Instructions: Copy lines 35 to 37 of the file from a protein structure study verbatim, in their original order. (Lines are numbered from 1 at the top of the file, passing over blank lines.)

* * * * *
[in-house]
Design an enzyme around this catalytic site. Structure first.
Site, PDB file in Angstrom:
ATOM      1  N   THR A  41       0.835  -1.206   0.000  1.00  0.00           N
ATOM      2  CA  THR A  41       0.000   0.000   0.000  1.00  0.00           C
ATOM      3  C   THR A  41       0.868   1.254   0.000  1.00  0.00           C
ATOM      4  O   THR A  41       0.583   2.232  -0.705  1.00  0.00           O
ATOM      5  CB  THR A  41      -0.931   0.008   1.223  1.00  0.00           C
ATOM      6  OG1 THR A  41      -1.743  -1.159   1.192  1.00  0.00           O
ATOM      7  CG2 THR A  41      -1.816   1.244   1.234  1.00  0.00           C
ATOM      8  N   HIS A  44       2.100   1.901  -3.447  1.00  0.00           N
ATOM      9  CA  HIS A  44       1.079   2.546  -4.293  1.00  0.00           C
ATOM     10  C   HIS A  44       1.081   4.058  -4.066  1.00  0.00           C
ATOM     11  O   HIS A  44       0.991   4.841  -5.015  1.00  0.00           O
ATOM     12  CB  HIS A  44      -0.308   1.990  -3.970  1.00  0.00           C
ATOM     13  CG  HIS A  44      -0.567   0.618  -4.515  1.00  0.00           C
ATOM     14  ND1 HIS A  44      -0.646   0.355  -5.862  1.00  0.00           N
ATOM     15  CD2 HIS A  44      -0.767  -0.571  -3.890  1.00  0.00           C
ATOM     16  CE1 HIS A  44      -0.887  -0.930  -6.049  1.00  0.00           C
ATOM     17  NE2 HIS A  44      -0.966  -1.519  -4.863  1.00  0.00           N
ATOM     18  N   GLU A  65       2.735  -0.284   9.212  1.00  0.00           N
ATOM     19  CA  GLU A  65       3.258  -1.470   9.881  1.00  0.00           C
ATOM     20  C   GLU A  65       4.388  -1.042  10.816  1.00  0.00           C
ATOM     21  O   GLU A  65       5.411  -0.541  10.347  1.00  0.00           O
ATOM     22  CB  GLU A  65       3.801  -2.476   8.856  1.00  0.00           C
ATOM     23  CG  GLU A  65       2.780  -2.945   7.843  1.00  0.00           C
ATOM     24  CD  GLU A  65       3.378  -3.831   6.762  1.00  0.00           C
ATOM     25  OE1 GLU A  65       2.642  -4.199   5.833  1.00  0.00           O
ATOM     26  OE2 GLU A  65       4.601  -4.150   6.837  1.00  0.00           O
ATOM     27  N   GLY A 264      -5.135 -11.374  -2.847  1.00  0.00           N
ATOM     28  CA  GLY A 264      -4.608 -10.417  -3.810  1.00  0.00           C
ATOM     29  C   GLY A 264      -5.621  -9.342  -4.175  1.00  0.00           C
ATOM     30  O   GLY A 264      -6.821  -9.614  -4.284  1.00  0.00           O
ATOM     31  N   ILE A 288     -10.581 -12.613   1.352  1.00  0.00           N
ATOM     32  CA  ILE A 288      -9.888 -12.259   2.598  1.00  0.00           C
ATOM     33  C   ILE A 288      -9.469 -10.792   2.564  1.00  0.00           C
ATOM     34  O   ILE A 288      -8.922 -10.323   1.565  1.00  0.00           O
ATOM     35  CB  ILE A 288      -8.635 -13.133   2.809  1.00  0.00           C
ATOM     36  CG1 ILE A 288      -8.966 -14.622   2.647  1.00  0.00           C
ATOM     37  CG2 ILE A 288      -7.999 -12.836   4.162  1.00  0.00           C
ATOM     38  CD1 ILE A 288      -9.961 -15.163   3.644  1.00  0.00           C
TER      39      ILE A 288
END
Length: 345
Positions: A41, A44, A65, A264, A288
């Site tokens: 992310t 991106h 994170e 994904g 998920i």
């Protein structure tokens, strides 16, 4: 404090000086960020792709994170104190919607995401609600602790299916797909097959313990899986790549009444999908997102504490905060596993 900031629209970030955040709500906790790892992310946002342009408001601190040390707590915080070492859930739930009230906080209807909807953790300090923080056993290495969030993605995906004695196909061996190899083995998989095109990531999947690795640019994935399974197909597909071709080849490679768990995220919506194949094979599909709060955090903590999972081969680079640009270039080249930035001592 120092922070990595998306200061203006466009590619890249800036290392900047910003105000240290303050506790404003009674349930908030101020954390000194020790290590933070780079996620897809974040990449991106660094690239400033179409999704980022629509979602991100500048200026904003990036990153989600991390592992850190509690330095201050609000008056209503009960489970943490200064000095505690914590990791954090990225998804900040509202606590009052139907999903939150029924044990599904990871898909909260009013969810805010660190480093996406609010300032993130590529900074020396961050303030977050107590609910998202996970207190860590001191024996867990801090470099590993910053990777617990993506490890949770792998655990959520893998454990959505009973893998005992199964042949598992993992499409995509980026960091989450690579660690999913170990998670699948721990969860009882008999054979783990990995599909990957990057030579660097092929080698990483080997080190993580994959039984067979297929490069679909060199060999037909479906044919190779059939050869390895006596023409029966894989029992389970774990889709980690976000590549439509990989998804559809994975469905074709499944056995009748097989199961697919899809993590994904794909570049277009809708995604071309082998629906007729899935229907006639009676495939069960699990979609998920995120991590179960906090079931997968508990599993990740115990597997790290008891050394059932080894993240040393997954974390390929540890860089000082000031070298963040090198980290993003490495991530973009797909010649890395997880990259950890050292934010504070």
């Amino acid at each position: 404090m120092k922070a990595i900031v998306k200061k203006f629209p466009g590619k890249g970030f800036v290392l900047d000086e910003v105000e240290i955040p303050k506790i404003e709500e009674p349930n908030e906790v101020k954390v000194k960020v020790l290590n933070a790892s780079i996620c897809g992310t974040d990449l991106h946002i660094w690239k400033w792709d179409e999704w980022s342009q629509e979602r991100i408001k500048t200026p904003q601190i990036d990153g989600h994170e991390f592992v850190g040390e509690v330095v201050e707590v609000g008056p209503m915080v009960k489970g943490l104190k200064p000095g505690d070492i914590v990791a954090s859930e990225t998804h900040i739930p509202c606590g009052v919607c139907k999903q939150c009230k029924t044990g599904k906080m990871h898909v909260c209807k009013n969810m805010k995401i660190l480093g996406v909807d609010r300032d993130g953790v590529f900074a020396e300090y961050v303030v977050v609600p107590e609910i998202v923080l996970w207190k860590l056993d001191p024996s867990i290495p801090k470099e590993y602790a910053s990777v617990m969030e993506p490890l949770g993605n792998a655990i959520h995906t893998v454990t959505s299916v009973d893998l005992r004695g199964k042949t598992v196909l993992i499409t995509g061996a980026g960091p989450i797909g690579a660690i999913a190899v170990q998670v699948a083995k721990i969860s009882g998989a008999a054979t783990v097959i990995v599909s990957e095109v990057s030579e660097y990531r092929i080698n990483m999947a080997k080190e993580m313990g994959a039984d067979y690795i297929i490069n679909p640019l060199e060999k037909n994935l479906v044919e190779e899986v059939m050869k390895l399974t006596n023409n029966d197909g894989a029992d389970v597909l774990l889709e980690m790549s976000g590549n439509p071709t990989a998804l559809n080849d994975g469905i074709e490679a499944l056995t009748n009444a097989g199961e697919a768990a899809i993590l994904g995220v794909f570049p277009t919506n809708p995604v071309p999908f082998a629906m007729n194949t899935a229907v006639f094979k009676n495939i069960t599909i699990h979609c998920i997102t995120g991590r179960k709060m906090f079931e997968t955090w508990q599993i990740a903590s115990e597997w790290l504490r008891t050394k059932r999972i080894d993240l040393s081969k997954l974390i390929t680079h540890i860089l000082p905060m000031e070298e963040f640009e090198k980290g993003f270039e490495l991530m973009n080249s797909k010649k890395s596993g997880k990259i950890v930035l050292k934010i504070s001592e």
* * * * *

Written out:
ATOM     32  CA  ILE A 288      -9.888 -12.259   2.598  1.00  0.00           C
ATOM     33  C   ILE A 288      -9.469 -10.792   2.564  1.00  0.00           C
ATOM     34  O   ILE A 288      -8.922 -10.323   1.565  1.00  0.00           O